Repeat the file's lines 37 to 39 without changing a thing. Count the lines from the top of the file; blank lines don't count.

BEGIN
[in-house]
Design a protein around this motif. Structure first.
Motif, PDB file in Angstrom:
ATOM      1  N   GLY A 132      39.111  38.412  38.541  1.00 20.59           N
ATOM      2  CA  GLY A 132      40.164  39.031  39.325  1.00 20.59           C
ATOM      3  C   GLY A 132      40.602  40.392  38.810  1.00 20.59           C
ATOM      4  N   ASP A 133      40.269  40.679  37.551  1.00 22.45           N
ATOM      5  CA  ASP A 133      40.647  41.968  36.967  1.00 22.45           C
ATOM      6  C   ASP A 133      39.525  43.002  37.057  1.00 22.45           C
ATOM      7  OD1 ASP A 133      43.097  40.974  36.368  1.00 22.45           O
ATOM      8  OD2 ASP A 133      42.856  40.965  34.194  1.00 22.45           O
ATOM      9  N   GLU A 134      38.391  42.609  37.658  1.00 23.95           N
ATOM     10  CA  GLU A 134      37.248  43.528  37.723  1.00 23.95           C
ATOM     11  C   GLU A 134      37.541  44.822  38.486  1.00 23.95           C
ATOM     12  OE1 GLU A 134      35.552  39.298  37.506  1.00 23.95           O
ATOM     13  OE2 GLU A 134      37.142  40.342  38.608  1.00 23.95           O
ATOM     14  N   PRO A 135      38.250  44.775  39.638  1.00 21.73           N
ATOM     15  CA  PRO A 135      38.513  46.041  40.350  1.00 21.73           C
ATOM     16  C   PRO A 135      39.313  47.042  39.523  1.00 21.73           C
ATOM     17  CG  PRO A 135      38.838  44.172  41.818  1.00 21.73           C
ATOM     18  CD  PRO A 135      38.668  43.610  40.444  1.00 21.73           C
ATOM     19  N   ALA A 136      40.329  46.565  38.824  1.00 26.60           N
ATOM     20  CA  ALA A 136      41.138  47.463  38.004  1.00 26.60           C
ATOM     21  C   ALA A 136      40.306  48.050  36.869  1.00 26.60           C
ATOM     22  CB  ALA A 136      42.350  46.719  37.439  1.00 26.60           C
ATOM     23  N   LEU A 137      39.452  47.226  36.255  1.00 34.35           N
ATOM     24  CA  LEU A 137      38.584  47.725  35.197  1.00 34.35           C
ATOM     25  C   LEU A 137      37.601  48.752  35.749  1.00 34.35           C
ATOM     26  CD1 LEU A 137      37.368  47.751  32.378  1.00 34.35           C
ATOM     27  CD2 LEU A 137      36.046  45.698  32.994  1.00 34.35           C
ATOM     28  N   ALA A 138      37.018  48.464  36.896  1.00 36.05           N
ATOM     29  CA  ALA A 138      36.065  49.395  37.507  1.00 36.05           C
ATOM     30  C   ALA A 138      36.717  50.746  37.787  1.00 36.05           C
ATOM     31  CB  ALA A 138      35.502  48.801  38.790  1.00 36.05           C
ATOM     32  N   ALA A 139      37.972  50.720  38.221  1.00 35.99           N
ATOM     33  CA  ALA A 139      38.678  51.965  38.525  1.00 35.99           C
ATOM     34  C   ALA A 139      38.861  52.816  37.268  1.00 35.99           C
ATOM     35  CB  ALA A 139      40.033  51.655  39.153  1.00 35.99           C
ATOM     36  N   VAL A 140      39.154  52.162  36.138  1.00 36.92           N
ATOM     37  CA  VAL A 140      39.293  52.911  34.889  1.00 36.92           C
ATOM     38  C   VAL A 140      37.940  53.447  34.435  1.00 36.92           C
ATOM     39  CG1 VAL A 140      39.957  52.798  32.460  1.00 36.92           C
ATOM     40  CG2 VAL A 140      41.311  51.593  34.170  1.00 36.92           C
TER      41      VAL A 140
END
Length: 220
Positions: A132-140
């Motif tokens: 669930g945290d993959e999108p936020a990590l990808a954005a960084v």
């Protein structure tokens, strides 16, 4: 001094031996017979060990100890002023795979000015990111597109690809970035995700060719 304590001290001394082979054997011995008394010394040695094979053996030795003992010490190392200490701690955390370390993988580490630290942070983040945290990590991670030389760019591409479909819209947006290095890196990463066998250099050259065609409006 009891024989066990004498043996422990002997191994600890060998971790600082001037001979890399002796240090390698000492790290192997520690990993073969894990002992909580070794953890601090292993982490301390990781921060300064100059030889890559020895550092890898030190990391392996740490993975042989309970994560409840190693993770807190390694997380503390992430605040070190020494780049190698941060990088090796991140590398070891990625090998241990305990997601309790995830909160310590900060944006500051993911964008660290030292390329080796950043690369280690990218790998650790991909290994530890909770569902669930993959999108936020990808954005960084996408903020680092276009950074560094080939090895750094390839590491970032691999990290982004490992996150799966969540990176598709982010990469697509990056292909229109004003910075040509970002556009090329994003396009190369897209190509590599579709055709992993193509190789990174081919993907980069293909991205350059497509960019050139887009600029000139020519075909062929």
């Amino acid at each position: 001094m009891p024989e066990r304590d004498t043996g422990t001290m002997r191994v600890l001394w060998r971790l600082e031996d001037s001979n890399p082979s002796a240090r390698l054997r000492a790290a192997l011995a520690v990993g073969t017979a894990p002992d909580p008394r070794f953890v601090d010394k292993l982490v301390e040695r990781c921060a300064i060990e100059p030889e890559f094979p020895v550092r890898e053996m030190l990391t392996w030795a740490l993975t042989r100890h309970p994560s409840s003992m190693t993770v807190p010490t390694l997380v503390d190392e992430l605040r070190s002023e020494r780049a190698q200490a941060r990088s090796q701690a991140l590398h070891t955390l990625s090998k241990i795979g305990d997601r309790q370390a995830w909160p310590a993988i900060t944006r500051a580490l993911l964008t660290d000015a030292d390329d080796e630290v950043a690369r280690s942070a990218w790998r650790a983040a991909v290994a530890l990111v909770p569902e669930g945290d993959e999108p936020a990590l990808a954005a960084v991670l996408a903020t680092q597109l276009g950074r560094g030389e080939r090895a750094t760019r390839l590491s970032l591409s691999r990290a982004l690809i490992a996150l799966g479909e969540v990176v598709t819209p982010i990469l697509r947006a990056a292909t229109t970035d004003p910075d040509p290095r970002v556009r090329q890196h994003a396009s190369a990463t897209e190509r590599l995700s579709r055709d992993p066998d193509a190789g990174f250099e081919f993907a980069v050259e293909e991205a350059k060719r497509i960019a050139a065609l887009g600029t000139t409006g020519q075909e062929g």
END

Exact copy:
ATOM     34  C   ALA A 139      38.861  52.816  37.268  1.00 35.99           C
ATOM     35  CB  ALA A 139      40.033  51.655  39.153  1.00 35.99           C
ATOM     36  N   VAL A 140      39.154  52.162  36.138  1.00 36.92           N